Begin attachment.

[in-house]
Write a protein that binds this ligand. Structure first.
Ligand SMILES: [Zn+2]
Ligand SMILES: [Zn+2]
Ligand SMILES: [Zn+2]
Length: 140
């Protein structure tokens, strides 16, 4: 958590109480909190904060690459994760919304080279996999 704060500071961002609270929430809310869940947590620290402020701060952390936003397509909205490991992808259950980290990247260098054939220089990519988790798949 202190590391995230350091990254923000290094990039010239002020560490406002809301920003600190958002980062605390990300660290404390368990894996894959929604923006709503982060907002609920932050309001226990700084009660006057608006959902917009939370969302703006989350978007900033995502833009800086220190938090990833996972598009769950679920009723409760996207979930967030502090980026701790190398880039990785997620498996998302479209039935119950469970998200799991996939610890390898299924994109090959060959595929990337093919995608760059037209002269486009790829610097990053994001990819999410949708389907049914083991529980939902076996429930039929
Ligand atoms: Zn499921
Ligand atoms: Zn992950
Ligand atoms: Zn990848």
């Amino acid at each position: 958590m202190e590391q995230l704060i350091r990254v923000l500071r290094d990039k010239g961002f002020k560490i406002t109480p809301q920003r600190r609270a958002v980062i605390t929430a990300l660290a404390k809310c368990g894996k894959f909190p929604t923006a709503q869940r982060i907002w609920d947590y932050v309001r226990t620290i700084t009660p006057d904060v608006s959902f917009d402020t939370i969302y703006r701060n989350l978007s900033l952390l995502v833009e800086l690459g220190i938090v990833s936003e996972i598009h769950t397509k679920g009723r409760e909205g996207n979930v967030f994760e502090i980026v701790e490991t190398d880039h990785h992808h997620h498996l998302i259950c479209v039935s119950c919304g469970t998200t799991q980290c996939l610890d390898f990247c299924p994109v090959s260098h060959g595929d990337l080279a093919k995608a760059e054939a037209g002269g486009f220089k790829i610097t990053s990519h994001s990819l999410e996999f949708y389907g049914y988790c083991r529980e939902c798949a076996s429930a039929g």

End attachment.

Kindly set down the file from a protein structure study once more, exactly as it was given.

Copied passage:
[in-house]
Write a protein that binds this ligand. Structure first.
Ligand SMILES: [Zn+2]
Ligand SMILES: [Zn+2]
Ligand SMILES: [Zn+2]
Length: 140
């Protein structure tokens, strides 16, 4: 958590109480909190904060690459994760919304080279996999 704060500071961002609270929430809310869940947590620290402020701060952390936003397509909205490991992808259950980290990247260098054939220089990519988790798949 202190590391995230350091990254923000290094990039010239002020560490406002809301920003600190958002980062605390990300660290404390368990894996894959929604923006709503982060907002609920932050309001226990700084009660006057608006959902917009939370969302703006989350978007900033995502833009800086220190938090990833996972598009769950679920009723409760996207979930967030502090980026701790190398880039990785997620498996998302479209039935119950469970998200799991996939610890390898299924994109090959060959595929990337093919995608760059037209002269486009790829610097990053994001990819999410949708389907049914083991529980939902076996429930039929
Ligand atoms: Zn499921
Ligand atoms: Zn992950
Ligand atoms: Zn990848």
């Amino acid at each position: 958590m202190e590391q995230l704060i350091r990254v923000l500071r290094d990039k010239g961002f002020k560490i406002t109480p809301q920003r600190r609270a958002v980062i605390t929430a990300l660290a404390k809310c368990g894996k894959f909190p929604t923006a709503q869940r982060i907002w609920d947590y932050v309001r226990t620290i700084t009660p006057d904060v608006s959902f917009d402020t939370i969302y703006r701060n989350l978007s900033l952390l995502v833009e800086l690459g220190i938090v990833s936003e996972i598009h769950t397509k679920g009723r409760e909205g996207n979930v967030f994760e502090i980026v701790e490991t190398d880039h990785h992808h997620h498996l998302i259950c479209v039935s119950c919304g469970t998200t799991q980290c996939l610890d390898f990247c299924p994109v090959s260098h060959g595929d990337l080279a093919k995608a760059e054939a037209g002269g486009f220089k790829i610097t990053s990519h994001s990819l999410e996999f949708y389907g049914y988790c083991r529980e939902c798949a076996s429930a039929g």